After a week of unhealthy to hazardous blanket of haze from the Kalimantan fires, the Sunbirds were thrilled to see a drastic dip in psi levels overnight, which meant we could activate session #3 of Ops Sunbird training.
There was a reasonably good turnout in spite of the upcoming Straits Times Run and a few overseas races this weekend. As many were joining FatBird training for the first time, the trainers provided an overview of the training program which focuses on building and strengthening the running base in the first half of the program, before progressing on to pace training in the 2nd half.
After last weekend’s hills and trails run, this morning’s workout aimed to stretch the resources of the trainees with a rolling hills run sandwiching a 2.4km Fig-8 hills repeat for good measure.
A 5km run at Basebuild Zone (2) into Labrador Park from start at SAFRA MF set the tone for the morning’s training requirements. Once into Labrador Park, the respective pace groups went about repeating their 2.4km laps with the hills tunnels in between providing a challenge to raise the effort for many of the Sunbirds.
The cloud cover provided good shade as we tackled the Labrador Park segment, although the humidity was still a contending factor for many of the runners. The experienced Sunbird trainers and pacers led their respective groups of trainees well as evident in most of them sticking closely and pacing steadily as cohesive units.
When the 30min for the HM and 60min for the FM were completed, the runners still had sufficient reserves in them for the 5-6km back to SAFRA Clubhouse. A number of new trainees who did not bring hydration along were feeling the effects of fatigue from dehydration after about 1 hour of running, but this would serve as a learning experience for all to have sufficient hydration for long runs.
The HM trainees completed their 14km and the FM runners completed 26km run back at SAFRA Clubhouse, wearing beaded sweats of perspiration on their faces but exuding a sense of satisfaction of finally getting that long run in (after many days of non-workouts because of the haze situation).
With week #3 successfully completed, the Sunbirds are confidently progressing on to the next quarter of training with more hills at Mt. Faber next week. We should be expecting more Sunbirds returning back for training in week #4, and hopefully with the haze abated by then, we would be able to finally have a smooth progression training towards our objectives for the Standard Chartered Marathon Singapore (SCMS) and a few other overseas marathons like the OSAKA, New York, Chicago, Chiang Mai and Taipei marathons.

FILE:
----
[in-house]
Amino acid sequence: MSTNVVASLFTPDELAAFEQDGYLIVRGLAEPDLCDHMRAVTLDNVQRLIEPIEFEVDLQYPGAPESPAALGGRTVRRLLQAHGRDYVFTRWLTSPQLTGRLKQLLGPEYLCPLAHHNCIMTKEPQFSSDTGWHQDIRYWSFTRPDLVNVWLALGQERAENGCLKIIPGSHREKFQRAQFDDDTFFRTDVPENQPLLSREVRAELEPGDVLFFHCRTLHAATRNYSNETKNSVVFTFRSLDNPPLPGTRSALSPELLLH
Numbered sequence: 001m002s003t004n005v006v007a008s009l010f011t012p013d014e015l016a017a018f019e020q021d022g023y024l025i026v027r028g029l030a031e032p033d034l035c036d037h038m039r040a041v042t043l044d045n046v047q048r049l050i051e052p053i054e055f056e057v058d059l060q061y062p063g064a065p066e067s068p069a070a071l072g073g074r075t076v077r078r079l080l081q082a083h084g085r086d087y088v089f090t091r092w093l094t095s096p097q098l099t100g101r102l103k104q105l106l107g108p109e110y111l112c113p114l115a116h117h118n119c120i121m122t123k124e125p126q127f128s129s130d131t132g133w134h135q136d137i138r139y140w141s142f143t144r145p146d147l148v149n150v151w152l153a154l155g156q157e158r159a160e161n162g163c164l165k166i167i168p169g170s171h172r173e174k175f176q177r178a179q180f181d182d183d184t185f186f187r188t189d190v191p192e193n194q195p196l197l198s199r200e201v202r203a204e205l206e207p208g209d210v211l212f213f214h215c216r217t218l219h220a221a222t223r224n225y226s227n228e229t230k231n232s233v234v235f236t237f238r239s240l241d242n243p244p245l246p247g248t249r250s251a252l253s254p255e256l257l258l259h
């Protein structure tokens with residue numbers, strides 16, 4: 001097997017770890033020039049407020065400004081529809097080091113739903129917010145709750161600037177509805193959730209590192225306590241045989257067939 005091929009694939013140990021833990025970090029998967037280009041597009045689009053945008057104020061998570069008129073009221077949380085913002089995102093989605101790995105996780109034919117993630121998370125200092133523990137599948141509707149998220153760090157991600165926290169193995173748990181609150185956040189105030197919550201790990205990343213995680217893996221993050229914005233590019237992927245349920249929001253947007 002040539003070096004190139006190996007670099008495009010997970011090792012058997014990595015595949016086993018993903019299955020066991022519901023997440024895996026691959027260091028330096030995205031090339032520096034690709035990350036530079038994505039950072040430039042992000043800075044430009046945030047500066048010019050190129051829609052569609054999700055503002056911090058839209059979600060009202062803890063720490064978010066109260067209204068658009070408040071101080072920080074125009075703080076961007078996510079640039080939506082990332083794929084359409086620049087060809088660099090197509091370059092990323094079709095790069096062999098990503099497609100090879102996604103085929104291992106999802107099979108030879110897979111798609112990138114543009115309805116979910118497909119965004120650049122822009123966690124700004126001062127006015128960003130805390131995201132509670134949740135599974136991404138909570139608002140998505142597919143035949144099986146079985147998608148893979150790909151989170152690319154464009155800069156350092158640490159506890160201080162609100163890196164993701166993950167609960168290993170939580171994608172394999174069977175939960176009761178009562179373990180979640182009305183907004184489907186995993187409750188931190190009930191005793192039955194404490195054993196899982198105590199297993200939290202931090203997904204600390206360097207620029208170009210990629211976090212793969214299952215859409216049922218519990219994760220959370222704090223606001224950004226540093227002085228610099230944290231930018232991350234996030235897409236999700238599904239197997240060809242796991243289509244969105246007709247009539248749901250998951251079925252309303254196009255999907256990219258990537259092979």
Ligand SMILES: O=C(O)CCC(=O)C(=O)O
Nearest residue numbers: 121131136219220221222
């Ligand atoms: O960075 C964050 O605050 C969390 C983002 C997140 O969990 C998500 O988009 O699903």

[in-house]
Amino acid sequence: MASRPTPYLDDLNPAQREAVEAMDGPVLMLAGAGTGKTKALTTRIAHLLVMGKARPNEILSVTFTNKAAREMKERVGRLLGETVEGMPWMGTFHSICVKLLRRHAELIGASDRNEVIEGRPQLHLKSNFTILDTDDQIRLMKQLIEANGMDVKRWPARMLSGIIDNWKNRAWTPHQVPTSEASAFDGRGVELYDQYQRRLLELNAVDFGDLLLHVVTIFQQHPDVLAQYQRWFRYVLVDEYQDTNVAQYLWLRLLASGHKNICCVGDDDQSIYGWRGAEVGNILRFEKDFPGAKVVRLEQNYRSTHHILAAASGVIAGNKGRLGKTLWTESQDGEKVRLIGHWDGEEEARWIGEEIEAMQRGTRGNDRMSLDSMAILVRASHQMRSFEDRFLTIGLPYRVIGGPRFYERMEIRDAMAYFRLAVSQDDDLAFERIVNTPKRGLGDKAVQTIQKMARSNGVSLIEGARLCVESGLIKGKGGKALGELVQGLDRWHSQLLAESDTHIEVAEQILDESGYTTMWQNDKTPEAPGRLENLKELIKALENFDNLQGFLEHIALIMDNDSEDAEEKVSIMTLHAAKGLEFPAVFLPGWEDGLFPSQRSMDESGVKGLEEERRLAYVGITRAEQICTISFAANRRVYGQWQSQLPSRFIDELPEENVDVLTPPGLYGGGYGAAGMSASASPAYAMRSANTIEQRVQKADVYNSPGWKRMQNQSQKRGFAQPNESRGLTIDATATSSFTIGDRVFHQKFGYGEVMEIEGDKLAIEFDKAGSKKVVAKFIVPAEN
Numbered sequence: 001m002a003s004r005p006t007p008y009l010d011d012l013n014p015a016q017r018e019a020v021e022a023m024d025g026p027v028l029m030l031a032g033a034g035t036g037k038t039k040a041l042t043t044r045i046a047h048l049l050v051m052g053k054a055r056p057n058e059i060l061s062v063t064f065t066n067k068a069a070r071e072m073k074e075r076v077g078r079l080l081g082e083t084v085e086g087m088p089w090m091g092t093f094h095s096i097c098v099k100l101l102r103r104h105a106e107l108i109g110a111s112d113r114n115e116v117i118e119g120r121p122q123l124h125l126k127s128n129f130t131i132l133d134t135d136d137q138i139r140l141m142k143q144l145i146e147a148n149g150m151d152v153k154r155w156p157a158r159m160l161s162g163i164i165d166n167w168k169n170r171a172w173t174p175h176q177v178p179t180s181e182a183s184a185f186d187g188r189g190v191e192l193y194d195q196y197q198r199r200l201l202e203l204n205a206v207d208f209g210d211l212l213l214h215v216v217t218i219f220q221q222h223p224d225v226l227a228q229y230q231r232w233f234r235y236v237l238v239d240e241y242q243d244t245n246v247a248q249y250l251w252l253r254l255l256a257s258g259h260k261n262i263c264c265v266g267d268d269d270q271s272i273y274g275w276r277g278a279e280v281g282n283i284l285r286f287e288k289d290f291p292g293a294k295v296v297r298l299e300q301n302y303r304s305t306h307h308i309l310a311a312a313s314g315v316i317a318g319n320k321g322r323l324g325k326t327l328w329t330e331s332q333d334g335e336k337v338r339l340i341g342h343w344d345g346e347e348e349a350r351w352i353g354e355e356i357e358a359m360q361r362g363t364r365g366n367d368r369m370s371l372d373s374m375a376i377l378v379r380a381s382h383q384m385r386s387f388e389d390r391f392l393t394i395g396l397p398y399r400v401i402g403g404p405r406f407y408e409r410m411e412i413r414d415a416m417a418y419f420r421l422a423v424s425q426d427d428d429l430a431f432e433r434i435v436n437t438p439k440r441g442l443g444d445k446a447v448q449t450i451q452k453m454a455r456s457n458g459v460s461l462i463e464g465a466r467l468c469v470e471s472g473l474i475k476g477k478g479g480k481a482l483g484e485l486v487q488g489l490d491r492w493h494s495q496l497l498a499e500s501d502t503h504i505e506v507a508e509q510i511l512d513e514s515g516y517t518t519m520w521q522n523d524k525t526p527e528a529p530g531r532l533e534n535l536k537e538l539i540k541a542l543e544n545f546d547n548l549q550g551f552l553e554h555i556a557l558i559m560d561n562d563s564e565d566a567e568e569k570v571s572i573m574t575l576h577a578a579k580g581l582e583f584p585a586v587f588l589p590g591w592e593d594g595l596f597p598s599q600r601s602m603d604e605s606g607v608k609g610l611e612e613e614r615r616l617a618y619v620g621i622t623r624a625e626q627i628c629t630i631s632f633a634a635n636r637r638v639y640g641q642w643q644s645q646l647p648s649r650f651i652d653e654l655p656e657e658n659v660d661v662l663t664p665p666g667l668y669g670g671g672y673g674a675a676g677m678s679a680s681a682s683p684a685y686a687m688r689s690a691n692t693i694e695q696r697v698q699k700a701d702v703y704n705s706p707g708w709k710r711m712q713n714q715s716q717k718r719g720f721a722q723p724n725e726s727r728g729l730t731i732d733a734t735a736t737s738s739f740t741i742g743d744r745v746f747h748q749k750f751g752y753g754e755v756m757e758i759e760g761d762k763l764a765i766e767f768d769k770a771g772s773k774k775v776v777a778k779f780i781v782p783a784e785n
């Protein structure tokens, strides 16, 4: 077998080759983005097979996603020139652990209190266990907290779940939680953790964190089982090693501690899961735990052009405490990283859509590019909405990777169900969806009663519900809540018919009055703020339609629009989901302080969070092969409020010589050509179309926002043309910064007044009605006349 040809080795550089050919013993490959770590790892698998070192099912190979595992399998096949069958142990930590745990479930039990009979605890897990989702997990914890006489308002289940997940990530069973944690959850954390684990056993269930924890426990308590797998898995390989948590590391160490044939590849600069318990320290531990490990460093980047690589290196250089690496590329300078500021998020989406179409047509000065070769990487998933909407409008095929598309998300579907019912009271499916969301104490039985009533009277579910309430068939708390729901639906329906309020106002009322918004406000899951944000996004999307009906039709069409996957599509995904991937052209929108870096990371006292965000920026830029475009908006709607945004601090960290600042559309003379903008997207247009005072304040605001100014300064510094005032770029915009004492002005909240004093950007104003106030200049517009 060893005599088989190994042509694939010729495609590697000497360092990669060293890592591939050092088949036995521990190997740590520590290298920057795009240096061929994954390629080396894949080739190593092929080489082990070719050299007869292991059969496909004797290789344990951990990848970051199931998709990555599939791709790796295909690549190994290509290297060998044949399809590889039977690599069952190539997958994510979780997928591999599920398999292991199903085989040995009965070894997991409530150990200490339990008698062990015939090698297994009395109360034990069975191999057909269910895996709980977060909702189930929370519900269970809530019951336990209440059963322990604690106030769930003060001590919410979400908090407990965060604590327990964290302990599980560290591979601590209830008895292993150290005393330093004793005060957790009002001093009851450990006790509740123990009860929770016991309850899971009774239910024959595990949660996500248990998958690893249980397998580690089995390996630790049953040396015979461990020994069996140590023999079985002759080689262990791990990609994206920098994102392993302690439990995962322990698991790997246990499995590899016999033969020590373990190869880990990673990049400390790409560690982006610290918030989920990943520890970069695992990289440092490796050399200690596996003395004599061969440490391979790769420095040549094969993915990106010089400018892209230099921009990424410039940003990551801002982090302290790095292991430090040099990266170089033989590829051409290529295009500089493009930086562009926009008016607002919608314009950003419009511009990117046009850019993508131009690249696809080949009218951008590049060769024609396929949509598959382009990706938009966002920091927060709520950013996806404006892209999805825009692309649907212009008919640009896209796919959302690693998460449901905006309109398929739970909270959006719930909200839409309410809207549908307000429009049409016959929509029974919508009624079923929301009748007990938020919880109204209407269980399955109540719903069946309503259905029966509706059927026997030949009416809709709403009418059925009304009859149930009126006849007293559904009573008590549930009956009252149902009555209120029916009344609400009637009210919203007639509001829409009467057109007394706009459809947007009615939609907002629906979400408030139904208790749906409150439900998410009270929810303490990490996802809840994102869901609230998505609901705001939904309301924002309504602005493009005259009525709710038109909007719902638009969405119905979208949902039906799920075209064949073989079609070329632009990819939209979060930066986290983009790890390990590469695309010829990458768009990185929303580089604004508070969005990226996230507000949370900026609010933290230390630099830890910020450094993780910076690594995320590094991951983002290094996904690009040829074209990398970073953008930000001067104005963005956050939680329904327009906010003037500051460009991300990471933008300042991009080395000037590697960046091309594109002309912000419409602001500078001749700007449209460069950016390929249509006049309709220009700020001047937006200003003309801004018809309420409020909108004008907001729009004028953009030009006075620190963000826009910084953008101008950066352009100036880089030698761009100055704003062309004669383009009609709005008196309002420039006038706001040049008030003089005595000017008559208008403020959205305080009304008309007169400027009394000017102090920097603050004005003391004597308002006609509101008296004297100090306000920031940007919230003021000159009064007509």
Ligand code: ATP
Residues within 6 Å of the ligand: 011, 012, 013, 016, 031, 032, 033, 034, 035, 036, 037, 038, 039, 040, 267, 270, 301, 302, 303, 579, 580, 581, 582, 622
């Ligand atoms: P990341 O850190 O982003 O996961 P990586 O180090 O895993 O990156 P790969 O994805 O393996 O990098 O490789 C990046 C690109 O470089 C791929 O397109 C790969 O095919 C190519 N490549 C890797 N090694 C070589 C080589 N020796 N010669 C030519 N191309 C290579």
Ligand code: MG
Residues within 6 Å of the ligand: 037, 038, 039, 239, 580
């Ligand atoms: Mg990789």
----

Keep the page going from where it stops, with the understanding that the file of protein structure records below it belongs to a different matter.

The Sunbirds Were Soaring High In Clear Skies
Photos by FatBird Ronnie
With the gloom and doom situation of the unhealthy Haze levels for the past weeks, it was a blessing when the winds finally turned positive in our favor from Saturday that the STRun Organizers eventually put in a sterling job of conducting the Straits Times Run @ Sports Hub 2015 in clear skies on Sunday.
Team FatBird, once again the official pacers for the STRun had earlier conducted 3 well-attended progressive training runs to prepare participants of the 18.45km category for race day, and we sure were happy to report that we accomplished the pacing mission with flying colours (in spite of initial concerns that the race could be canceled due to unhealthy psi levels).
When we received confirmation from the STRun Organizer at 2am that the race was ON (as psi readings remained in < 100 levels), our team was real happy and excited as we made our way to OCBC Arena @ Sports Hub to meet and collect our Pacer bibs and balloons.
Along the way, we could see that the skies was clear and that there were no foul smells of any haze at all. By 3.30am, the RV point was buzzing with activity as we put on our Pacer Bibs and Balloons and took group photos with the equally excited runners as well.
The Pacers moved into the starting pens at 4:20am to take up position and shortly, the runners joined us in their respective target timing targets. The MCs were doing a great job of entertaining the runners gathered before the drums and band along with the fitness instructors took over to warm up the crowd.
The 18.45km race was started off promptly at 5:00am and soon all runners were gathered around their pace groups and running together. The weather was cool and calm as we headed off along Nicholl Highway with lots of chatter and encouragement for the runners and pace groups.
It was noticeable this year that all participants were running strongly and enthusiastically, in part due to their pent-up energy levels during the abstinence due to the haze as well as the good vibes of the race.
The hydration points were well stocked-up with water and isotonic drinks and the cheerleaders and marshals were very energetic and motivating when we ran by. By mid-point (9km) of the race, we were settled in comfortably and running a very sustainable pace which we know will bring us to the destination in good stead.